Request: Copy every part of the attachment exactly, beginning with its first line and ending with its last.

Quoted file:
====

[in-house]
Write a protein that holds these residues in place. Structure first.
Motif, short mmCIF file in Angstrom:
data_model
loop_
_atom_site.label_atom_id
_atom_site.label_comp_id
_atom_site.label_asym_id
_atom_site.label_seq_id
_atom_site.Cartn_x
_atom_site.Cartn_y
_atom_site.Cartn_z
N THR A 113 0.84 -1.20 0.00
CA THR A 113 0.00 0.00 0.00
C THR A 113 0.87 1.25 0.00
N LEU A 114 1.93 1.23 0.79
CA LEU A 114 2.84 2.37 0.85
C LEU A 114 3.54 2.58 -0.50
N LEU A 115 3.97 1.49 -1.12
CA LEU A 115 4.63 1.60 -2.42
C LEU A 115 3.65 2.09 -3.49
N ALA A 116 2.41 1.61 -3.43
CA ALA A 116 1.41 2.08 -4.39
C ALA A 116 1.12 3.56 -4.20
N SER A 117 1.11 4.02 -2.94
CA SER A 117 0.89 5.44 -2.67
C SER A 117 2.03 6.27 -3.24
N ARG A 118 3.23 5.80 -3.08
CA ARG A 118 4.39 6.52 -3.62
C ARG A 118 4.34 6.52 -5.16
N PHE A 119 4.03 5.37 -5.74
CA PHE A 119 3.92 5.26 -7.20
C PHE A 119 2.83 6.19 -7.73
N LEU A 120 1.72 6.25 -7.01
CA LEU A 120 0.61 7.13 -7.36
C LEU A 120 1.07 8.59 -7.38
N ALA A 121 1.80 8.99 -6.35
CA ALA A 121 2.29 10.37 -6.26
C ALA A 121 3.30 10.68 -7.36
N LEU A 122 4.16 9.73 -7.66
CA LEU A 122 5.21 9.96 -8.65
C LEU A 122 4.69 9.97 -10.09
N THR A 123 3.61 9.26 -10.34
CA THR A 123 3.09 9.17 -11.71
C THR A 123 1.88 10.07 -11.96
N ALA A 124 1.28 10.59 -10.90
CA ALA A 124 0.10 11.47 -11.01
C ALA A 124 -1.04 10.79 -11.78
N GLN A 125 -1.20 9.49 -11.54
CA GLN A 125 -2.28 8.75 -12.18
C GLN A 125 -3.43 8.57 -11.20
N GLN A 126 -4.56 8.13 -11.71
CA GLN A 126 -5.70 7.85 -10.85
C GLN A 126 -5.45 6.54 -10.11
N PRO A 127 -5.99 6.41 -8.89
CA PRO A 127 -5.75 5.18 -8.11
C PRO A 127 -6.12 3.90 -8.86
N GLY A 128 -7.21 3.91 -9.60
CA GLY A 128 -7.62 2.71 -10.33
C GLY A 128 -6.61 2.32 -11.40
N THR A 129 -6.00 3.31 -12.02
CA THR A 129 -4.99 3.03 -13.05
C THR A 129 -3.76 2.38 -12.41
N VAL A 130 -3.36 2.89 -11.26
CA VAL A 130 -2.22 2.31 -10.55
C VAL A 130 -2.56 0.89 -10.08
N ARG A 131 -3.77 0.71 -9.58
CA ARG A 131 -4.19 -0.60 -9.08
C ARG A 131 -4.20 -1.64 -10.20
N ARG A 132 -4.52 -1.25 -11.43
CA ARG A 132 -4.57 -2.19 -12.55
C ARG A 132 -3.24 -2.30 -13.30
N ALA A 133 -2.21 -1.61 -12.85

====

[in-house]
Write a protein that holds these residues in place. Structure first.
Motif, short mmCIF file in Angstrom:
data_model
loop_
_atom_site.label_atom_id
_atom_site.label_comp_id
_atom_site.label_asym_id
_atom_site.label_seq_id
_atom_site.Cartn_x
_atom_site.Cartn_y
_atom_site.Cartn_z
N THR A 113 0.84 -1.20 0.00
CA THR A 113 0.00 0.00 0.00
C THR A 113 0.87 1.25 0.00
N LEU A 114 1.93 1.23 0.79
CA LEU A 114 2.84 2.37 0.85
C LEU A 114 3.54 2.58 -0.50
N LEU A 115 3.97 1.49 -1.12
CA LEU A 115 4.63 1.60 -2.42
C LEU A 115 3.65 2.09 -3.49
N ALA A 116 2.41 1.61 -3.43
CA ALA A 116 1.41 2.08 -4.39
C ALA A 116 1.12 3.56 -4.20
N SER A 117 1.11 4.02 -2.94
CA SER A 117 0.89 5.44 -2.67
C SER A 117 2.03 6.27 -3.24
N ARG A 118 3.23 5.80 -3.08
CA ARG A 118 4.39 6.52 -3.62
C ARG A 118 4.34 6.52 -5.16
N PHE A 119 4.03 5.37 -5.74
CA PHE A 119 3.92 5.26 -7.20
C PHE A 119 2.83 6.19 -7.73
N LEU A 120 1.72 6.25 -7.01
CA LEU A 120 0.61 7.13 -7.36
C LEU A 120 1.07 8.59 -7.38
N ALA A 121 1.80 8.99 -6.35
CA ALA A 121 2.29 10.37 -6.26
C ALA A 121 3.30 10.68 -7.36
N LEU A 122 4.16 9.73 -7.66
CA LEU A 122 5.21 9.96 -8.65
C LEU A 122 4.69 9.97 -10.09
N THR A 123 3.61 9.26 -10.34
CA THR A 123 3.09 9.17 -11.71
C THR A 123 1.88 10.07 -11.96
N ALA A 124 1.28 10.59 -10.90
CA ALA A 124 0.10 11.47 -11.01
C ALA A 124 -1.04 10.79 -11.78
N GLN A 125 -1.20 9.49 -11.54
CA GLN A 125 -2.28 8.75 -12.18
C GLN A 125 -3.43 8.57 -11.20
N GLN A 126 -4.56 8.13 -11.71
CA GLN A 126 -5.70 7.85 -10.85
C GLN A 126 -5.45 6.54 -10.11
N PRO A 127 -5.99 6.41 -8.89
CA PRO A 127 -5.75 5.18 -8.11
C PRO A 127 -6.12 3.90 -8.86
N GLY A 128 -7.21 3.91 -9.60
CA GLY A 128 -7.62 2.71 -10.33
C GLY A 128 -6.61 2.32 -11.40
N THR A 129 -6.00 3.31 -12.02
CA THR A 129 -4.99 3.03 -13.05
C THR A 129 -3.76 2.38 -12.41
N VAL A 130 -3.36 2.89 -11.26
CA VAL A 130 -2.22 2.31 -10.55
C VAL A 130 -2.56 0.89 -10.08
N ARG A 131 -3.77 0.71 -9.58
CA ARG A 131 -4.19 -0.60 -9.08
C ARG A 131 -4.20 -1.64 -10.20
N ARG A 132 -4.52 -1.25 -11.43
CA ARG A 132 -4.57 -2.19 -12.55
C ARG A 132 -3.24 -2.30 -13.30
N ALA A 133 -2.21 -1.61 -12.85